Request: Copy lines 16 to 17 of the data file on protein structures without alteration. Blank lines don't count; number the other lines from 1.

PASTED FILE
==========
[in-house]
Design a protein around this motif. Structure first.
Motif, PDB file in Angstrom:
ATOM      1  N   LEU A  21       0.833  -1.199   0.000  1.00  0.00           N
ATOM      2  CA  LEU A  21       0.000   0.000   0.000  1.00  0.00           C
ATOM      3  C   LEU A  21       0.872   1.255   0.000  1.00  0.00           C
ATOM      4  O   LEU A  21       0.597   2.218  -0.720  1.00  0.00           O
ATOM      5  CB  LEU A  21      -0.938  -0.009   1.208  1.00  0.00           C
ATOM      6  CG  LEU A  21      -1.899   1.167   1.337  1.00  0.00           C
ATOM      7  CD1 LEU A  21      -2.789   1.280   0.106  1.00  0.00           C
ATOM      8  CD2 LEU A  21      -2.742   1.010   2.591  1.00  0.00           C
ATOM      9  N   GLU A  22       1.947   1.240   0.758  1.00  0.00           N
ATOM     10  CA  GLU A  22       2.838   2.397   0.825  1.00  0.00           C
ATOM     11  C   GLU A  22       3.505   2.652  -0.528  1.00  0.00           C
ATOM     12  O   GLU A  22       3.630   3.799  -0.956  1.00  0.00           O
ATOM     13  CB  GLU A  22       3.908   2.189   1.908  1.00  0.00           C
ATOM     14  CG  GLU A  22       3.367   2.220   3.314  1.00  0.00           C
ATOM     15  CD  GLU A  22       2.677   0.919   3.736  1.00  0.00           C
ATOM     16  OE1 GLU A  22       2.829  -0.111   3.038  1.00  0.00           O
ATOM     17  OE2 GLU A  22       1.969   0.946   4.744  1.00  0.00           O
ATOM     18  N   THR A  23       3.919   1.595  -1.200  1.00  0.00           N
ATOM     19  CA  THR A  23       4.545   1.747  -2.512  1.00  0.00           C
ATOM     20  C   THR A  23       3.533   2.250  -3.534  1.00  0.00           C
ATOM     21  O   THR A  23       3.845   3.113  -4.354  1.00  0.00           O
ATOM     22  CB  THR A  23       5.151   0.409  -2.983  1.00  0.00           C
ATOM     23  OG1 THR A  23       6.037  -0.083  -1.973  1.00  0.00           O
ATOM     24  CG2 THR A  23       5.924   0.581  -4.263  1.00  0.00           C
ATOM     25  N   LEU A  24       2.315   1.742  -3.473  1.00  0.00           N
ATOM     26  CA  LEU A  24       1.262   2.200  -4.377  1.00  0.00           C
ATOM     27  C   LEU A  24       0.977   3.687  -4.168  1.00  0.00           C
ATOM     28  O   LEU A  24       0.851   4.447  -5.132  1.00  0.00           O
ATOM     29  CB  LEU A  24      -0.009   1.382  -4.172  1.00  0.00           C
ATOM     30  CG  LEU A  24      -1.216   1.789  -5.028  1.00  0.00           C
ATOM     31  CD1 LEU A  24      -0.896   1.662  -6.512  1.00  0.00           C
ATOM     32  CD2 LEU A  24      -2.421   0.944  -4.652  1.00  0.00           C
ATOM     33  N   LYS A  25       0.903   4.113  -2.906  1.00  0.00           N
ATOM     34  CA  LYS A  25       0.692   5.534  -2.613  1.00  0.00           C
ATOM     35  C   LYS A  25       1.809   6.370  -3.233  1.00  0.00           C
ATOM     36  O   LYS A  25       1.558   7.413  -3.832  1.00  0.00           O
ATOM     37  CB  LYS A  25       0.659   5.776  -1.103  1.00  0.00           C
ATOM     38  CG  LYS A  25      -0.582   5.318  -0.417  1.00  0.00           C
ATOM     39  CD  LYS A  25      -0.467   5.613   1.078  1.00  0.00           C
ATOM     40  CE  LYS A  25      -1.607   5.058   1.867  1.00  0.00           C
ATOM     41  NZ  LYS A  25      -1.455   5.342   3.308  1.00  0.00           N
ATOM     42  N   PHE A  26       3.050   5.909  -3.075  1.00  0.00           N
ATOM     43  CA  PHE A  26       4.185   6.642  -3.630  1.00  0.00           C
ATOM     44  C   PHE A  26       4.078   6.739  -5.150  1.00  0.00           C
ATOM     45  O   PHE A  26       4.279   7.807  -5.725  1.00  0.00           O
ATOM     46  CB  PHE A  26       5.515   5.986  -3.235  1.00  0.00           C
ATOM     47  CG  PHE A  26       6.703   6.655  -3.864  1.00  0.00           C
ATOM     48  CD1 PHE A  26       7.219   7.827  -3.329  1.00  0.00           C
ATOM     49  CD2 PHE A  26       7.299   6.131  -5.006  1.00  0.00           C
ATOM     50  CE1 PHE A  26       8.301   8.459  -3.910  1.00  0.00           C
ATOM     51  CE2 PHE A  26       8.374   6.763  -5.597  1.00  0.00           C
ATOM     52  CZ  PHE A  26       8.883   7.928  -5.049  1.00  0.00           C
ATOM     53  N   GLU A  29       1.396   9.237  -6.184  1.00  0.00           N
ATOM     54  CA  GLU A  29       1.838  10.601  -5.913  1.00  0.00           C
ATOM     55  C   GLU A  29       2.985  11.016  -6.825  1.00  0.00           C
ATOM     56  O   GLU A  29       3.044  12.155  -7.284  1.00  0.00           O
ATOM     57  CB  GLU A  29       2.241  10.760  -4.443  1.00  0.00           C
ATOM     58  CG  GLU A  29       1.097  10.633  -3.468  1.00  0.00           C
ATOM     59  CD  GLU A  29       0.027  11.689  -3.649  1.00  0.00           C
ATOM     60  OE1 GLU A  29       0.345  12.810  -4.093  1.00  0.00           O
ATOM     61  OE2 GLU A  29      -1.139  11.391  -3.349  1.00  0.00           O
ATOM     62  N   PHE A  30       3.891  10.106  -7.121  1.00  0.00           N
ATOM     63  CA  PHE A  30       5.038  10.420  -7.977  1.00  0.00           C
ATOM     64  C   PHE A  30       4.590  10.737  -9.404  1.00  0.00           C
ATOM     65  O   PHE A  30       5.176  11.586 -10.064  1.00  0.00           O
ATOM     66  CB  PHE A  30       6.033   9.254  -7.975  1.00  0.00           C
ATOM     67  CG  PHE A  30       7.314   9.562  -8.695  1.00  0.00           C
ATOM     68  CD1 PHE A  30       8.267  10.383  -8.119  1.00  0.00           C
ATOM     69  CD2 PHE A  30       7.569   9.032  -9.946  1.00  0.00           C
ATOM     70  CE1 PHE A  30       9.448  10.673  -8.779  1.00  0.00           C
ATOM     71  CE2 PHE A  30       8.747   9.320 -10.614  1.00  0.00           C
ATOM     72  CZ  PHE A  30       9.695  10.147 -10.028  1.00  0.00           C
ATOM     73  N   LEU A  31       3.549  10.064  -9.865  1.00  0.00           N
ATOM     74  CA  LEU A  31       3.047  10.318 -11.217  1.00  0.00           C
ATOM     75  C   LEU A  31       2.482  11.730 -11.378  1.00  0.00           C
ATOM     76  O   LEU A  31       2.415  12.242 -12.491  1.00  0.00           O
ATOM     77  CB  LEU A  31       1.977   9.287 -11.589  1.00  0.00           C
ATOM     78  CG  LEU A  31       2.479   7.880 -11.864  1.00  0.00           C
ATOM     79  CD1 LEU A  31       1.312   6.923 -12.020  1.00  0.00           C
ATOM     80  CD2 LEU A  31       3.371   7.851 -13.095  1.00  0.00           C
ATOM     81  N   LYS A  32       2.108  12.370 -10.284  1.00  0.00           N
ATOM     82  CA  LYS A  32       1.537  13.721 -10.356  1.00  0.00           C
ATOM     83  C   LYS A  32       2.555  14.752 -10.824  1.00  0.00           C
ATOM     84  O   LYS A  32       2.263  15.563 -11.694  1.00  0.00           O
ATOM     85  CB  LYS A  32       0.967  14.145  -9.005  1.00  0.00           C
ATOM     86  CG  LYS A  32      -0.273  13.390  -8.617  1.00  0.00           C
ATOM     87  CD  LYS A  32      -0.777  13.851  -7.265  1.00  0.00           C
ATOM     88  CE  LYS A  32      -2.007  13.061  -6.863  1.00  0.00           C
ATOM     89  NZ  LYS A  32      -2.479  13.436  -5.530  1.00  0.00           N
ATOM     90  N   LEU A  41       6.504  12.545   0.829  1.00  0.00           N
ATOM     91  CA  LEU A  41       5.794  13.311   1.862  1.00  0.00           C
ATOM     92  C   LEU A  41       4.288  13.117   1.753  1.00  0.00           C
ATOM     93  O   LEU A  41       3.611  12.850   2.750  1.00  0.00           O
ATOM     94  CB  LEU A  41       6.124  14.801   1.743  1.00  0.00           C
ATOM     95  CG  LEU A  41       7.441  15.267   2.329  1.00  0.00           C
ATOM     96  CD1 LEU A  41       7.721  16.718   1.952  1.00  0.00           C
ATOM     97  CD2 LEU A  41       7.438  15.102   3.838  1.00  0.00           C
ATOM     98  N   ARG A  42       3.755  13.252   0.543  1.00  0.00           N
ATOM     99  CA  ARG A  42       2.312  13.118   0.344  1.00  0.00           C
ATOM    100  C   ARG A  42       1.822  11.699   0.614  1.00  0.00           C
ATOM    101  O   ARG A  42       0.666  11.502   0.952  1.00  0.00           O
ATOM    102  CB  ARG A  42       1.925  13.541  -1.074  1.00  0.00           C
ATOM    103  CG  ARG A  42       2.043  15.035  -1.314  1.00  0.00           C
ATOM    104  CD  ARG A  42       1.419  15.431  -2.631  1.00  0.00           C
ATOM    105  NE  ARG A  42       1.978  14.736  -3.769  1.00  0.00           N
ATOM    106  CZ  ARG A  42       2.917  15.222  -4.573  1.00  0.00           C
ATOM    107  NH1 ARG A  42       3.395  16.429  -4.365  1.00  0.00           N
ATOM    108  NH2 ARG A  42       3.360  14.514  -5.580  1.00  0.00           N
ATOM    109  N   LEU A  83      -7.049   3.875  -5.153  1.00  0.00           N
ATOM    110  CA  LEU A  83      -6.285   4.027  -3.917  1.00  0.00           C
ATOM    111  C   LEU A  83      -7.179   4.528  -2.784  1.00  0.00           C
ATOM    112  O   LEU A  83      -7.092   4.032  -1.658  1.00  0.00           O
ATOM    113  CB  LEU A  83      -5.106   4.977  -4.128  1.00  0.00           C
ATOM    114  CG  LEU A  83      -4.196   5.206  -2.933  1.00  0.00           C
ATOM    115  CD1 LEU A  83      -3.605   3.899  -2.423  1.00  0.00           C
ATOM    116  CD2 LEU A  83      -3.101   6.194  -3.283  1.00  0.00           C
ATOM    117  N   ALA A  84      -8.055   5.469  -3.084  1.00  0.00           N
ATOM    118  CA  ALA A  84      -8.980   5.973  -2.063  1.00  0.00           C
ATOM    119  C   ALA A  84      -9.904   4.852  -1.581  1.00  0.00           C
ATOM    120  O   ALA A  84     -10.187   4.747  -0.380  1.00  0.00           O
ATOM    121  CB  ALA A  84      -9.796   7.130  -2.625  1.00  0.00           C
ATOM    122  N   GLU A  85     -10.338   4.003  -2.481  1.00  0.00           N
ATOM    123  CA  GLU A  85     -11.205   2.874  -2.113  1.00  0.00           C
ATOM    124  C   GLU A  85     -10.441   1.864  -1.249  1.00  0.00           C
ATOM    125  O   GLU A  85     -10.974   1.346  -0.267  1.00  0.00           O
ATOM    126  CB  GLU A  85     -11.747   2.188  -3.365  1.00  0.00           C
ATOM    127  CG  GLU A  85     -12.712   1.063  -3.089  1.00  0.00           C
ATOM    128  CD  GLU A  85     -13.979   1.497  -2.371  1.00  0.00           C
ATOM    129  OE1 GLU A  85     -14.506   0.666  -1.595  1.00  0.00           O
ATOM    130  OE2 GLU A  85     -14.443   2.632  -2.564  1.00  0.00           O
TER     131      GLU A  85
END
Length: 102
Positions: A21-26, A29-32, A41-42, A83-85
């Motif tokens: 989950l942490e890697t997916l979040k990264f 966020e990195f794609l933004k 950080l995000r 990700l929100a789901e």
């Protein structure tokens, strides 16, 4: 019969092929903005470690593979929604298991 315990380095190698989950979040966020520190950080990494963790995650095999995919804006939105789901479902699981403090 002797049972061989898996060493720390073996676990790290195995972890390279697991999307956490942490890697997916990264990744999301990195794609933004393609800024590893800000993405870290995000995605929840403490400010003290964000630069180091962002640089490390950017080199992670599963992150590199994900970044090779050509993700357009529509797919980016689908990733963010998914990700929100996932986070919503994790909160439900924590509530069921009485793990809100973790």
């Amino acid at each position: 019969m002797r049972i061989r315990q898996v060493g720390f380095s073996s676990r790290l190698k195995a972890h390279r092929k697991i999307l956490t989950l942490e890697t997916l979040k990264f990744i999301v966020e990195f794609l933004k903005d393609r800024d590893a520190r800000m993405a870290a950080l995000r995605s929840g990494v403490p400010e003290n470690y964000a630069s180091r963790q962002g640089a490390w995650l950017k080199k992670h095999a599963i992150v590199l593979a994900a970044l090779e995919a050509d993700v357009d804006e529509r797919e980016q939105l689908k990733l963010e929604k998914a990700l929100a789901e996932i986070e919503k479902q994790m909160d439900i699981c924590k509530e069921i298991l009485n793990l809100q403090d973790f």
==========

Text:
ATOM     13  CB  GLU A  22       3.908   2.189   1.908  1.00  0.00           C
ATOM     14  CG  GLU A  22       3.367   2.220   3.314  1.00  0.00           C